by Andrew Garda

The Tarrin Earle who takes the field at Woodman for the Montclair Mountie football team on Saturday against Passaic Tech isn’t the same Tarrin Earle who stepped onto it as a sophomore. Now a senior, committed to Bucknell University, Earle has changed his approach both physically and mentally over the last two seasons and with it, his play and the play of those around him.

Just ask second-year Mountie offensive coordinator and quarterback coach Pat Leonardis.

“The growth he’s taken, just from when I came last year...the maturity, the leadership, the attention to detail that Tarrin has is probably, in my twenty years of coaching high school football, one of the best I’ve ever seen.”

For Earle, he couldn’t have done it without Coach Leo.

“Ever since [he] came on staff, we’ve been as tight as can be,” Earle said. “I love the guy. He’s elevated my game to a whole different level...I owe everything to that man.”

Early on, Leonardis realized that Earle’s issues were mostly on the mental side of the ball.

“Last year after every practice I had him write down in his journal, five things you did well, and five things you need to work on,” Leonardis said. “And at the beginning, we were all over the place. But by the time camp came, the same things I thought he did well, he had written in his journal, and the things he thought he needed to work on, I had written down.”

Leonardis said Earle is a “coach’s dream,” someone who is talented athletically but also very coachable.

“Bucknell stole a gem.”

Earle’s not done at MHS though, and like the rest of the team he feels there is unfinished business in the form of a state title. There are two factors he feels will work in the Mounties’ favor this season. The fact that this is a veteran team, and the fact that he can lead that team.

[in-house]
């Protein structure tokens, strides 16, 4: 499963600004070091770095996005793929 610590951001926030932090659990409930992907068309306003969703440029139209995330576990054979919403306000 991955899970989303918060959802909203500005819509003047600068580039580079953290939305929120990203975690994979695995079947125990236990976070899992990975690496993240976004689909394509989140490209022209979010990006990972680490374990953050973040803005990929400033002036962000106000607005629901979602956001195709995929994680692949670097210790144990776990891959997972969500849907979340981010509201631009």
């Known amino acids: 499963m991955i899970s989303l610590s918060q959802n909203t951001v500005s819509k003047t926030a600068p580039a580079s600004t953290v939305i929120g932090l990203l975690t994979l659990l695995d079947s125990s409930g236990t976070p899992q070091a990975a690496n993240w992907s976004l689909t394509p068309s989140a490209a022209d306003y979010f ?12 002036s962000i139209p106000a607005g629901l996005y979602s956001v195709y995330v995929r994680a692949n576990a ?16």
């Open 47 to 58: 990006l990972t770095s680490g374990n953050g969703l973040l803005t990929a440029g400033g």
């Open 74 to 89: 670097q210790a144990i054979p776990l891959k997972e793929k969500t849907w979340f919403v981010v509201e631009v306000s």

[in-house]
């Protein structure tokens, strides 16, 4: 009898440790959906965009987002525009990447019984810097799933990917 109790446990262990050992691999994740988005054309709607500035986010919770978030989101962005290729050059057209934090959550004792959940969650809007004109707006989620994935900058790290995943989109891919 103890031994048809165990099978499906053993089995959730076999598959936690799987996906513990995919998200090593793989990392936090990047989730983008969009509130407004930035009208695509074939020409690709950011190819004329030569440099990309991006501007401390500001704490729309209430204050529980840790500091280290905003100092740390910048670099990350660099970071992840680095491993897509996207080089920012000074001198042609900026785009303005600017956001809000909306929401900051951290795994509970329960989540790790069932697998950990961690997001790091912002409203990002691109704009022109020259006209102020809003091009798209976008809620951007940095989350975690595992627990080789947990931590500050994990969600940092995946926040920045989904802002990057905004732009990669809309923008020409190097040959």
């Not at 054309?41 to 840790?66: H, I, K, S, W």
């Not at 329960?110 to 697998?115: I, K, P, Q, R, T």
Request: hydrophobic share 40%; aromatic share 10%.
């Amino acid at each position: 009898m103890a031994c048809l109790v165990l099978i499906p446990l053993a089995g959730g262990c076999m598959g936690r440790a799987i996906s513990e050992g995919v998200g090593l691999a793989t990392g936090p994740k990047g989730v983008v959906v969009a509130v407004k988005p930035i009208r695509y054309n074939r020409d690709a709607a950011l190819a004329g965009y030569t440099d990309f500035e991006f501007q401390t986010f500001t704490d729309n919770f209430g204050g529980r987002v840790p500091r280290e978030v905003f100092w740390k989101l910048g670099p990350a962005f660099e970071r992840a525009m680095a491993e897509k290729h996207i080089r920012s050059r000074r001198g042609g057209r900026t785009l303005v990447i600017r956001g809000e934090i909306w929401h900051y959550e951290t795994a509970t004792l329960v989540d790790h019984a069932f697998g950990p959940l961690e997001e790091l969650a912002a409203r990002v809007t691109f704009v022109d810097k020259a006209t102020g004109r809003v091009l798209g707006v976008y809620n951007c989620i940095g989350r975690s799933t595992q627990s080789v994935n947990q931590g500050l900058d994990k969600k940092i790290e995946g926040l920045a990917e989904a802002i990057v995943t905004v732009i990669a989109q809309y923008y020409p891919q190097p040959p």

The former is the sort of thing which only comes from time, but Earle has seen firsthand what happens when a team has been together a long time.

“Losing to Ridgewood the last two years, they were the group who had been together for years and had a tight bond,” Earle said. “That’s why they came out on top, because they were the veteran group. Now that we’re the veteran group, we can come through any game. We’ve seen everything, been through ups and downs—we’ve been through the whole cycle. We know what’s expected, we know what’s to come, and for us it makes us all the more confident. We’re not guessing. We know what we have to do out there.”

And Earle is just the steady hand to get them there, though that like any other part of his game, took work.

“I knew after sophomore year I wasn’t really a leader,” Earle said. “I knew the team needed a leader, especially at my position...I knew the team needed somebody doing things all the time, at the field, off the field, telling them what’s right.”

Part of leading is getting the team to do something it has struggled with at times the last few years—finish games.

“We need to put together full games. When we win, we usually win big, but in tight games we can never find it. So this year all of us have talked about it. When we get in those tight games, that’s when we need to show our leadership, huddle the team up and say ‘look, we’ve got this, let’s finish strong.’ This year that’s what we put a big emphasis on.”